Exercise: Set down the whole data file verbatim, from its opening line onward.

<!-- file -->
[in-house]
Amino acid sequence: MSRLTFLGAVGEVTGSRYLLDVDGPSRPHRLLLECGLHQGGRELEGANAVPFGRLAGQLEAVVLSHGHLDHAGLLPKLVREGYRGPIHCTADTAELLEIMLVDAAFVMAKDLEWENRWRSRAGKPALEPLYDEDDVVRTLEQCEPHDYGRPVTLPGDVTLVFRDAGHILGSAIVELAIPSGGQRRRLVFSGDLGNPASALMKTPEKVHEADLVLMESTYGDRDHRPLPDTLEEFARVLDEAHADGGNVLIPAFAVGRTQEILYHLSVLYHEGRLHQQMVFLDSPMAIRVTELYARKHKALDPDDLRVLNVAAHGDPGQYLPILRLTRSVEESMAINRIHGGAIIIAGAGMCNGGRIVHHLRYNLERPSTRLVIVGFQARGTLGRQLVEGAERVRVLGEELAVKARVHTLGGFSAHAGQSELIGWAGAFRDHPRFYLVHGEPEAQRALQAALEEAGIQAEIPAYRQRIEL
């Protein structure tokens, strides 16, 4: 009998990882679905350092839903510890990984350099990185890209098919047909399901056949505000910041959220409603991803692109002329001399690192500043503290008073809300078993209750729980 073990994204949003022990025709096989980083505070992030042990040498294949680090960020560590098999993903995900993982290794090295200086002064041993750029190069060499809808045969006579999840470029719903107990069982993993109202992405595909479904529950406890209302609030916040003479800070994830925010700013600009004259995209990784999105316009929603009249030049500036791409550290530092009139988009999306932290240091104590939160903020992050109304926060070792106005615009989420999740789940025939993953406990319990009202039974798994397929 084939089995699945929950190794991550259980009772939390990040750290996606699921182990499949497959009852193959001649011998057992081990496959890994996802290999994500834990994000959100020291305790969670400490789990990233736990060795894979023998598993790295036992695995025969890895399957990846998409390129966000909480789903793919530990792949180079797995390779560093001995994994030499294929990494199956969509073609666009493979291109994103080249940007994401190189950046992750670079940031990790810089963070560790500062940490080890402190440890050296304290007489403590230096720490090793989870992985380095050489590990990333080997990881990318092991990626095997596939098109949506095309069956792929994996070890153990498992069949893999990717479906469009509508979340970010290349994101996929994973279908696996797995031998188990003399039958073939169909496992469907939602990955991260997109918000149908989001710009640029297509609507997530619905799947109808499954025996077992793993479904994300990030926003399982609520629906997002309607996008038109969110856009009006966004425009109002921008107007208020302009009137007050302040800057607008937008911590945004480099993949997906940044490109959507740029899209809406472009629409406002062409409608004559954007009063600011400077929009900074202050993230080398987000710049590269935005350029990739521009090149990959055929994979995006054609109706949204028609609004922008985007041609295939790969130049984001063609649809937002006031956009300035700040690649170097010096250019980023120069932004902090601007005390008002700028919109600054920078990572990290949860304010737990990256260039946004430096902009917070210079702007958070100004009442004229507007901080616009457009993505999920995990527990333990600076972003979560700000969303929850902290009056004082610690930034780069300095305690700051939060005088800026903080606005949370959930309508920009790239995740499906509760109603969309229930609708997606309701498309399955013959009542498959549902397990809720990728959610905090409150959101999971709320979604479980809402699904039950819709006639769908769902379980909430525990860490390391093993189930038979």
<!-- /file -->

[in-house]
Amino acid sequence: MSRLTFLGAVGEVTGSRYLLDVDGPSRPHRLLLECGLHQGGRELEGANAVPFGRLAGQLEAVVLSHGHLDHAGLLPKLVREGYRGPIHCTADTAELLEIMLVDAAFVMAKDLEWENRWRSRAGKPALEPLYDEDDVVRTLEQCEPHDYGRPVTLPGDVTLVFRDAGHILGSAIVELAIPSGGQRRRLVFSGDLGNPASALMKTPEKVHEADLVLMESTYGDRDHRPLPDTLEEFARVLDEAHADGGNVLIPAFAVGRTQEILYHLSVLYHEGRLHQQMVFLDSPMAIRVTELYARKHKALDPDDLRVLNVAAHGDPGQYLPILRLTRSVEESMAINRIHGGAIIIAGAGMCNGGRIVHHLRYNLERPSTRLVIVGFQARGTLGRQLVEGAERVRVLGEELAVKARVHTLGGFSAHAGQSELIGWAGAFRDHPRFYLVHGEPEAQRALQAALEEAGIQAEIPAYRQRIEL
């Protein structure tokens, strides 16, 4: 009998990882679905350092839903510890990984350099990185890209098919047909399901056949505000910041959220409603991803692109002329001399690192500043503290008073809300078993209750729980 073990994204949003022990025709096989980083505070992030042990040498294949680090960020560590098999993903995900993982290794090295200086002064041993750029190069060499809808045969006579999840470029719903107990069982993993109202992405595909479904529950406890209302609030916040003479800070994830925010700013600009004259995209990784999105316009929603009249030049500036791409550290530092009139988009999306932290240091104590939160903020992050109304926060070792106005615009989420999740789940025939993953406990319990009202039974798994397929 084939089995699945929950190794991550259980009772939390990040750290996606699921182990499949497959009852193959001649011998057992081990496959890994996802290999994500834990994000959100020291305790969670400490789990990233736990060795894979023998598993790295036992695995025969890895399957990846998409390129966000909480789903793919530990792949180079797995390779560093001995994994030499294929990494199956969509073609666009493979291109994103080249940007994401190189950046992750670079940031990790810089963070560790500062940490080890402190440890050296304290007489403590230096720490090793989870992985380095050489590990990333080997990881990318092991990626095997596939098109949506095309069956792929994996070890153990498992069949893999990717479906469009509508979340970010290349994101996929994973279908696996797995031998188990003399039958073939169909496992469907939602990955991260997109918000149908989001710009640029297509609507997530619905799947109808499954025996077992793993479904994300990030926003399982609520629906997002309607996008038109969110856009009006966004425009109002921008107007208020302009009137007050302040800057607008937008911590945004480099993949997906940044490109959507740029899209809406472009629409406002062409409608004559954007009063600011400077929009900074202050993230080398987000710049590269935005350029990739521009090149990959055929994979995006054609109706949204028609609004922008985007041609295939790969130049984001063609649809937002006031956009300035700040690649170097010096250019980023120069932004902090601007005390008002700028919109600054920078990572990290949860304010737990990256260039946004430096902009917070210079702007958070100004009442004229507007901080616009457009993505999920995990527990333990600076972003979560700000969303929850902290009056004082610690930034780069300095305690700051939060005088800026903080606005949370959930309508920009790239995740499906509760109603969309229930609708997606309701498309399955013959009542498959549902397990809720990728959610905090409150959101999971709320979604479980809402699904039950819709006639769908769902379980909430525990860490390391093993189930038979």